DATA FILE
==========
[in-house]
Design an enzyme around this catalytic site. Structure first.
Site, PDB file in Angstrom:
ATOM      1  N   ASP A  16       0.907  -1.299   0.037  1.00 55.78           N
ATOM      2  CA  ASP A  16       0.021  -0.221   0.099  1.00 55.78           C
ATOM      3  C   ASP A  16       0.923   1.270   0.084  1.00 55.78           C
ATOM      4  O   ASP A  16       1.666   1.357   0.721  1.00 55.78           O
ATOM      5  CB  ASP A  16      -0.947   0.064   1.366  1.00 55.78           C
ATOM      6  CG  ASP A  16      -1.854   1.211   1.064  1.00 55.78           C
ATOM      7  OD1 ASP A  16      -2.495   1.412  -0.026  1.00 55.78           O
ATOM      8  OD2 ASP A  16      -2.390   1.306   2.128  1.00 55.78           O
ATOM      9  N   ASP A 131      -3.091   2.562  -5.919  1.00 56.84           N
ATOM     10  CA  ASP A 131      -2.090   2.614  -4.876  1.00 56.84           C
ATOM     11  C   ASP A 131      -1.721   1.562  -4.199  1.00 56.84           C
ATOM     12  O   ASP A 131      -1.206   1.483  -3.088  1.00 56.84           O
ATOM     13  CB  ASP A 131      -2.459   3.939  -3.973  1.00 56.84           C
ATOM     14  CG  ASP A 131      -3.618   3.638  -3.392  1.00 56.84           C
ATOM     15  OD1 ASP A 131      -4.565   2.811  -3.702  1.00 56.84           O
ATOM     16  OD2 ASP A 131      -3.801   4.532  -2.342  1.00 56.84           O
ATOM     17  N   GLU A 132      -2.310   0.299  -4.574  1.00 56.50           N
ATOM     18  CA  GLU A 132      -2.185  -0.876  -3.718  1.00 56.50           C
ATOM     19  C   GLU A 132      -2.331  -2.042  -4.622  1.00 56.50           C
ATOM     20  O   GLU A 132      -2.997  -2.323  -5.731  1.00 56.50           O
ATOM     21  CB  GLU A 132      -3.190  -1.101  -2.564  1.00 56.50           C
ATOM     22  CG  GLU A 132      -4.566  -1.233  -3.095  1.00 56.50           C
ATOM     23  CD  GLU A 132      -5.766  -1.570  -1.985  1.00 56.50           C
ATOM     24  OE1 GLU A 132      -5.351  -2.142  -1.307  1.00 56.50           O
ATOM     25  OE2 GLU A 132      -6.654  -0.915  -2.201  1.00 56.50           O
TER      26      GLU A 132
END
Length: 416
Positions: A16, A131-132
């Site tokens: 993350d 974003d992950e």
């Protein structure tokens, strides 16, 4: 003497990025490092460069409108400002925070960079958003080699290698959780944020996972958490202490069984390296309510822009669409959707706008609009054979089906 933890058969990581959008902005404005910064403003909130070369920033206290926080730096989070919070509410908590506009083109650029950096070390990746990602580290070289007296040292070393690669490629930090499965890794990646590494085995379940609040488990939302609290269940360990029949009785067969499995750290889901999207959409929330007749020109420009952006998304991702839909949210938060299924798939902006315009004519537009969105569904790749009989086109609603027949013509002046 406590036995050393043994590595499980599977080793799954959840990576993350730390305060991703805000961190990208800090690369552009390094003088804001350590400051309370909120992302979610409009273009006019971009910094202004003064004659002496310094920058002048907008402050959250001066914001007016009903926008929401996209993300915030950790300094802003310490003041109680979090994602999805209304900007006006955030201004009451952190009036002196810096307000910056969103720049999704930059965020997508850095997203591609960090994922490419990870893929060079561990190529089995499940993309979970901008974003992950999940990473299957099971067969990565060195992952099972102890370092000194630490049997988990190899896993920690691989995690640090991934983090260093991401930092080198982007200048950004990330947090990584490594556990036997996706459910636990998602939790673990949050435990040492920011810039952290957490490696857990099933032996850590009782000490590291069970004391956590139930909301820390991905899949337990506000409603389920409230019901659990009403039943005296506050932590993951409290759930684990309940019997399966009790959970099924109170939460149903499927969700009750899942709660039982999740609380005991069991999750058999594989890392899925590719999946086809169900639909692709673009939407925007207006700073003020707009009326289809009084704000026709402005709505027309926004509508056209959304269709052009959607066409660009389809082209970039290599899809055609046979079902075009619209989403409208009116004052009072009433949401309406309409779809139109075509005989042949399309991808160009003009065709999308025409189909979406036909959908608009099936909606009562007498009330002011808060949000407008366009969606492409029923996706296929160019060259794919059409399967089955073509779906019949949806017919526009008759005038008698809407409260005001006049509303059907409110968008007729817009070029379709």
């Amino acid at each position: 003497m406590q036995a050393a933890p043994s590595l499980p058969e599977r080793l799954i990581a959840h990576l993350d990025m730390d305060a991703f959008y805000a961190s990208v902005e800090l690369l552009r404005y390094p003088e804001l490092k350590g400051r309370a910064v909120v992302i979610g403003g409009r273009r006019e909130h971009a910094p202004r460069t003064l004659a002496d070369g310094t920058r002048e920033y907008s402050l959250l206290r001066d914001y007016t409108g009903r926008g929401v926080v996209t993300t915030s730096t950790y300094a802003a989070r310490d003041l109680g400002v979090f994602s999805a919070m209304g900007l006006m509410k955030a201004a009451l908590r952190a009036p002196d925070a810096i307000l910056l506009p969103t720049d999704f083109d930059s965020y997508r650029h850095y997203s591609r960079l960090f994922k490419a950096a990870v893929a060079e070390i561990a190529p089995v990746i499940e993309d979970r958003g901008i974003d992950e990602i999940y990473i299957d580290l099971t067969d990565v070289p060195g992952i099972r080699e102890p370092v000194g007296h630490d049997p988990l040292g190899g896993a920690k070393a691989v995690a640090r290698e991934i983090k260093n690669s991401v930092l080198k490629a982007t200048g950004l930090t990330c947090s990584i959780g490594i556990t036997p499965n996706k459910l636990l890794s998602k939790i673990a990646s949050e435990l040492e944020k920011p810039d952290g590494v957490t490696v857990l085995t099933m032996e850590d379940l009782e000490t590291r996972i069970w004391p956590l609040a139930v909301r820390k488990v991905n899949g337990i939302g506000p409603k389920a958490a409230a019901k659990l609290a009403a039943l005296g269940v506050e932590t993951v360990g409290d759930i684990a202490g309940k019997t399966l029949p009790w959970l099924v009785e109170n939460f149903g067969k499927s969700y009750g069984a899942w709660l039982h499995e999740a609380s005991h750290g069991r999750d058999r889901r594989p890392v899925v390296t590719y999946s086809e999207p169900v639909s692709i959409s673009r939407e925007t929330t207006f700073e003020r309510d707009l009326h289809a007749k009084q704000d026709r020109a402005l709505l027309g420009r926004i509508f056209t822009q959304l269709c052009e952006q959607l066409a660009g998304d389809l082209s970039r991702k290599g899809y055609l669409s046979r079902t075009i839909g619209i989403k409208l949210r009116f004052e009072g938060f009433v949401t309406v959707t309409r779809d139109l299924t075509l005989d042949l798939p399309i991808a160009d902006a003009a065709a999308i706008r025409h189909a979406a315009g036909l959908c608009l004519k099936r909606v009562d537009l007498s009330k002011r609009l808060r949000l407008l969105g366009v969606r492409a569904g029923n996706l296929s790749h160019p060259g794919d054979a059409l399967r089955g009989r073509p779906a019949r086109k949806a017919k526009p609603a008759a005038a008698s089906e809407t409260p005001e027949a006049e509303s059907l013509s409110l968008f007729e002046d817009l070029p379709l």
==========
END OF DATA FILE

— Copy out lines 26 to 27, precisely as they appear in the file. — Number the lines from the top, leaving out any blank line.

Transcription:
ATOM     23  CD  GLU A 132      -5.766  -1.570  -1.985  1.00 56.50           C
ATOM     24  OE1 GLU A 132      -5.351  -2.142  -1.307  1.00 56.50           O